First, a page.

Even if Ron Dante’s name doesn’t ring a bell, you’re probably already a fan. As the lead singer of the late-Sixties cartoon bubblegum band the Archies, Dante had a #1 hit with the Andy Kim and Jeff Barry-penned “Sugar, Sugar” in 1969.
But because the Archies only appeared as a cartoon band on their ubiquitous Saturday morning TV show, you would never know it was Dante’s vocals behind Riverdale’s favorite redheaded teen crooner unless you did your due diligence.
That same year, Dante had another hit as the anonymous singer behind the Cufflinks’ “Tracy,” which hit the 1969 charts at #9 just as “Sugar, Sugar’s” popularity was quickly fading. The only problem was that the Cufflinks didn’t exist outside the studio and were merely a creation of songwriters Paul Vance and Lee Pockriss.
Ron Dante’s vocal chops always seem to be appreciated by music insiders, but to casual fans, he’s been shoved behind the veneer of a lot of faceless studio outfits.
Dante also recorded under the goofy names the California Gold Rush, the Pearly Gate, Ronnie and the Dirt Riders, and Noah’s Arc, prompting confusion for fans as to what Dante actually sang on and the chronological course of his career.
Hopefully, this trend will change with the release of Anthology, a two-disc CD set featuring a collection of Dante’s music under his own name and as part of many producer-driven pseudonym projects. Included is the ubiquitous “Sugar, Sugar,” (in two different versions!), but “Tracy” is conspicuously absent.
Dante, who curated this collection himself, seems to be gunning for a lot of rare material here which results in there being a few previously hard-to-find gems and some tracks that are definitely for completists only.
One of the strongest aspects of this set is the well-written liner notes by roots-music expert Bill Dahl. Dahl, through what appears to be a series of interviews with Dante, creates an excellent linear summation of his musical path from a kid with dreams of emulating Elvis to diligent music-biz workhorse.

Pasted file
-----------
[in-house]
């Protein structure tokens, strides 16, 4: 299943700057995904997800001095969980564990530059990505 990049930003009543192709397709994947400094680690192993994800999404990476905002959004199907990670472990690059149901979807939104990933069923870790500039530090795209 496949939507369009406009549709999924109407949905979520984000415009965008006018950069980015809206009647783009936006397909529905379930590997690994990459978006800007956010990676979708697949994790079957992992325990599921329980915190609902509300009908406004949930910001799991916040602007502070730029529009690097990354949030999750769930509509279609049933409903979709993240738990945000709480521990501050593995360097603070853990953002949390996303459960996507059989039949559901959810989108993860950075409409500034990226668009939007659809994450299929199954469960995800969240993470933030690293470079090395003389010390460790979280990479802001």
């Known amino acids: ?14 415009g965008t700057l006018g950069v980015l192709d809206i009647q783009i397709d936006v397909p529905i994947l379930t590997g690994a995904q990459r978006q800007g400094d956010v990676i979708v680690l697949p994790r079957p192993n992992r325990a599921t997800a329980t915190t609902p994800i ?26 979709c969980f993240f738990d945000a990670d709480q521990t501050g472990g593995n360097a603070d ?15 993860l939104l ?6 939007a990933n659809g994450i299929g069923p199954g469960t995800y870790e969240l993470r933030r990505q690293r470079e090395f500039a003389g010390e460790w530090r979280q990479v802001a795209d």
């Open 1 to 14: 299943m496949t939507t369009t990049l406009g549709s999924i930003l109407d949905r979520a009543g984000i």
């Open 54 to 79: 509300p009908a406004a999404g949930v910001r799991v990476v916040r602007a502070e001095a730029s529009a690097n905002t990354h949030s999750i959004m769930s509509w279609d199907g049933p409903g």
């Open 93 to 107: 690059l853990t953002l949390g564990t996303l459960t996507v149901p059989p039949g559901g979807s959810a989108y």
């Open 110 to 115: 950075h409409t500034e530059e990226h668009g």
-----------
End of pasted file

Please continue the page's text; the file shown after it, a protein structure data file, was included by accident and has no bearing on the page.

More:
Stories about Dante’s encounters with music legends like Barry Manilow, Bobby Darin, and Clive Davis are all highly engaging. In fact, my biggest complaint about the set is that the sequencing of tracks doesn’t follow enough of a chronological order to accurately track Dante’s progression as a vocalist or songwriter.
This disconnect between the tracks and liner notes makes it difficult to remember which story goes with each song. I found myself referring back to the liner notes often while listening through Anthology, and having to leaf through them to locate the paragraph associated with each song was slightly frustrating.
Dante’s eternally youthful is one of the key aspects that made him such a good choice to anchor the Archies’ project. Where Dante really shines on this compilation is on tracks where he’s singing material that has the Archies-esque snap and drive.
The Toni Wine-penned ballad “That’s What Life is All About,” with its lush and soaring chorus, definitely does. As do all of the excellent cuts presented here from Dante’s RCA/Kirshner “solo” record Let Me Bring You Up. “Solo” is in quotes because this was a group effort from the same team behind the Archies just after the bubblegum-music fad had passed.